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5 Jan 2019 11:00

Iran’s National Cyberspace Council Approves Steps to Block Instagram

Iranian authorities are preparing to block access to the popular social media service following crackdowns on all other major social media platforms

Charlotte Darrell
By Charlotte DarrellStaff Writer

The Iranian National Cyberspace Council has approved measurements to block Instagram, which will affect some 24 million users in the country. It is the only major social media service still officially available in the country, which already blocks Twitter, Facebook, and YouTube.

“Instagram unfortunately has not only illegal but also immoral and obscene content,” said a representative from the state prosecution service’s IT commissary.

While the argument of immorality has been cited by officials, observers claim that the ban is politically motivated. The popular apps have often been used as a vehicle for the dissemination of anti-government messages.

In April 2018 users of Telegram, the country’s favorite messaging app, found themselves without access to its voice call feature. This came after the arrest of 12 people associated with running popular reformist channels on the app.

This won’t be the first time the photo-sharing social network has been banned, with intermittent government blocks hindering Iranians’ ability to access content throughout 2017 and 2018.

During protests brought about by worsening economic conditions in the country in 2018, Instagram was temporarily blocked, a move that US President Donald Trump’s administration openly criticized.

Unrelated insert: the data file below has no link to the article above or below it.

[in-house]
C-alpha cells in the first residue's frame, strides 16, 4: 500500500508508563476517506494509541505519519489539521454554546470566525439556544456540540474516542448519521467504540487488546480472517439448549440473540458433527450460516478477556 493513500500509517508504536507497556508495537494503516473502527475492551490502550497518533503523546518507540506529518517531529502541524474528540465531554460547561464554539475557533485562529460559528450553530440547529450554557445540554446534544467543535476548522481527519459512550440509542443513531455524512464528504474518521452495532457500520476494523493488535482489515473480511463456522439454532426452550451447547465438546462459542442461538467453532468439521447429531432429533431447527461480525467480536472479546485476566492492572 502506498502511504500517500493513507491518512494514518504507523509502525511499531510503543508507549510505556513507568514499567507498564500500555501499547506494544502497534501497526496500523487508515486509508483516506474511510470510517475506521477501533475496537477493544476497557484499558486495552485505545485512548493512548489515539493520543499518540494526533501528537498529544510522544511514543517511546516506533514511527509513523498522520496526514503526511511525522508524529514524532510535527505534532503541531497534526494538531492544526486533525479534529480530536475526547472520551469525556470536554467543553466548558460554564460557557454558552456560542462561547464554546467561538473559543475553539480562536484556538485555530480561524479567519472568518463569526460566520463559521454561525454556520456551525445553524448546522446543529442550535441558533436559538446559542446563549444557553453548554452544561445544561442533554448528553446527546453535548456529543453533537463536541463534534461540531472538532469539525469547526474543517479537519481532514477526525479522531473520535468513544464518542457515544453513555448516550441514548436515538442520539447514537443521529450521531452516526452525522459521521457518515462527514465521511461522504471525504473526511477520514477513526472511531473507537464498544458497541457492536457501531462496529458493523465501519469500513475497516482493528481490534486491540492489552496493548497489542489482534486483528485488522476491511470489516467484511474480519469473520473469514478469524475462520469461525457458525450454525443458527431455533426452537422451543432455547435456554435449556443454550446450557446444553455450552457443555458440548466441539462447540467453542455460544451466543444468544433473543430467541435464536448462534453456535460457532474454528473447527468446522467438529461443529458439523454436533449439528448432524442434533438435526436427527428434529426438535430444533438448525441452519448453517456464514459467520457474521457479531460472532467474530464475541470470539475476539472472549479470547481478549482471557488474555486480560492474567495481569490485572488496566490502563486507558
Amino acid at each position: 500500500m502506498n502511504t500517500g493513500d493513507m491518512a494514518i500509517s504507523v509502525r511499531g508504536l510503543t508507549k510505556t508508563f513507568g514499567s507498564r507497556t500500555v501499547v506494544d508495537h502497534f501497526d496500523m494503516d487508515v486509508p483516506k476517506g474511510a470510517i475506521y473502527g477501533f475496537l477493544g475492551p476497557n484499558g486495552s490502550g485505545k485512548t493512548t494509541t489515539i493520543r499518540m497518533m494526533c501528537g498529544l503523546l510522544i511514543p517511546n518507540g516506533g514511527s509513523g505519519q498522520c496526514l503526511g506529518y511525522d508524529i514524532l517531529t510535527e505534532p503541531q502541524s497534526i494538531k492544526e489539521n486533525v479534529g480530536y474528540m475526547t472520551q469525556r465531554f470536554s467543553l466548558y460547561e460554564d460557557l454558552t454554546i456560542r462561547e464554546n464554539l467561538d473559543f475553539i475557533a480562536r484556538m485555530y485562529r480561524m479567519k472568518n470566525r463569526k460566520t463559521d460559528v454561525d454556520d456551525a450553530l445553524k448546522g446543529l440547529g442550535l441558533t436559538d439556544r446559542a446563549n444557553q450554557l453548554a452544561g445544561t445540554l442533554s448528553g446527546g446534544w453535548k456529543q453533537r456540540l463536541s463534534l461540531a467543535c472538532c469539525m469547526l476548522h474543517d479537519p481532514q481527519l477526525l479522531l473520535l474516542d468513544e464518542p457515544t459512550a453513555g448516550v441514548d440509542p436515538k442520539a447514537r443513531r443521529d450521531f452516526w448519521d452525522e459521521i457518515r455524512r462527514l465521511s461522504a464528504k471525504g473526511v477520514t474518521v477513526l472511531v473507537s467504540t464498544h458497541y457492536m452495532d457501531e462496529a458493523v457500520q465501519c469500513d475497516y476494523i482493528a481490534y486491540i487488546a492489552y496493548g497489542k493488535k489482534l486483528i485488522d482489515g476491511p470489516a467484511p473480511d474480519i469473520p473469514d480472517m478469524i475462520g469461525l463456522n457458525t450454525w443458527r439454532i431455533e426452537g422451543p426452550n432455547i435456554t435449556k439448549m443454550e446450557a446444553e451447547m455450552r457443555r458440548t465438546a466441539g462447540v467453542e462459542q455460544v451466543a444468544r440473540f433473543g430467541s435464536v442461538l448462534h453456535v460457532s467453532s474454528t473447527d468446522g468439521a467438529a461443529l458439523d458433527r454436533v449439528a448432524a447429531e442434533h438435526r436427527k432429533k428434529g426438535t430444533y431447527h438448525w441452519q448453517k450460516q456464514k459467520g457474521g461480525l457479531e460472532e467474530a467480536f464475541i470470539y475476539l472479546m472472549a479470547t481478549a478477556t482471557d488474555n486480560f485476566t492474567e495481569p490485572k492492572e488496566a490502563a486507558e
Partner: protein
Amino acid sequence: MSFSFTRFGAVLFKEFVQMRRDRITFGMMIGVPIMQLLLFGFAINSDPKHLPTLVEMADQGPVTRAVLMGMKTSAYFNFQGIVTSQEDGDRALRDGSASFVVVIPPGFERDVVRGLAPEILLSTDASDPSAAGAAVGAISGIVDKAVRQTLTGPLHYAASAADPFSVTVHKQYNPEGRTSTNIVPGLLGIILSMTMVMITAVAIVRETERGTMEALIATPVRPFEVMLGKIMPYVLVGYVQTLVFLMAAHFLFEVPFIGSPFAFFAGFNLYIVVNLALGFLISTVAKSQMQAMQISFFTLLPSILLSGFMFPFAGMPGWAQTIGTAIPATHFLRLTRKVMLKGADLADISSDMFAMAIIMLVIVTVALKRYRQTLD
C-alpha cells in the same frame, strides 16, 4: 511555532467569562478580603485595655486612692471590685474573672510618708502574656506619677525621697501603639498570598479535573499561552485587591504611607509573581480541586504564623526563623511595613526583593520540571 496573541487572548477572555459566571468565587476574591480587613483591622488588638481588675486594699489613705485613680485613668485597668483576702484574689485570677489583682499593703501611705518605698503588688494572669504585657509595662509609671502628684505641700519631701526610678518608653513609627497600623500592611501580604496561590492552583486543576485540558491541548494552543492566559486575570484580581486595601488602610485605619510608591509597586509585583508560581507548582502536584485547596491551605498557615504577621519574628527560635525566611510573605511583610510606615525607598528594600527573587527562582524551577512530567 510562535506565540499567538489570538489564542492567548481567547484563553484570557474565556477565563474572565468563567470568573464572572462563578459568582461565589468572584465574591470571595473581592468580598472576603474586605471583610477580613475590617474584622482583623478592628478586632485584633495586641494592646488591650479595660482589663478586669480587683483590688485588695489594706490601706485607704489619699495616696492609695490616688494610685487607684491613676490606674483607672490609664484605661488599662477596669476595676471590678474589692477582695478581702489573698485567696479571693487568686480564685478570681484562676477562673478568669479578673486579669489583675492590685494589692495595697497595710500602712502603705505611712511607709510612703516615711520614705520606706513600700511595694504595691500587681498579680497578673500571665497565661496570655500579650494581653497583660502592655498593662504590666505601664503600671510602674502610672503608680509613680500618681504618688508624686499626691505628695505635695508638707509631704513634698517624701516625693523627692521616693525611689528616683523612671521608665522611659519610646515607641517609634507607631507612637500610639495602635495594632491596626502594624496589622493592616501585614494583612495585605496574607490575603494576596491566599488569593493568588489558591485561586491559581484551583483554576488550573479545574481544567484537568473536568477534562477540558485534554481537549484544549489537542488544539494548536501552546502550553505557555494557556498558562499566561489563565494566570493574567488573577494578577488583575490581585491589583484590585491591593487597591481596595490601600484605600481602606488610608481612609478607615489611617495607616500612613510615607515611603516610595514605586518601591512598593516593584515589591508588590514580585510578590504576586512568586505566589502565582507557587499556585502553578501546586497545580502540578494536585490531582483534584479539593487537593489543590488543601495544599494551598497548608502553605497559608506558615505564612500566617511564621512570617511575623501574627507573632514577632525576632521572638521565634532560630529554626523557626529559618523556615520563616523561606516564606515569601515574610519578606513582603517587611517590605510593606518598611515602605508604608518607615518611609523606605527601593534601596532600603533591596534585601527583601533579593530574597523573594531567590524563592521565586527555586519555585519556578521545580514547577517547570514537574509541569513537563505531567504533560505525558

Despite the ban, Iran’s President Hassan Rouhani has a thriving Instagram account with over two million followers, 1,000 posts, and the coveted blue tick that signals its officiality.

Rouhani also has not one, but two official Twitter accounts, despite the network’s ban which came into effect 10 years ago in 2009. Even former president Mahmoud Ahmadinejad who was behind the 2009 ban has an active Twitter account now.

Internet censorship is common practice in Iran, which is branded as ‘not free’ in Freedom House’s 2018 Freedom on the Net report.

While ISPs comply with the Iranian authorities’ orders to block access to certain websites and online services, it doesn’t stop some Iranian citizens from circumventing censorship with the use of a VPN.

A VPN is a tool that encrypts internet traffic and hides a user’s original IP address, replacing it with a new one associated with another country, thus unblocking restricted content.

Using a VPN not approved by the government is illegal, though, making it ever more difficult to access restricted content from within the country.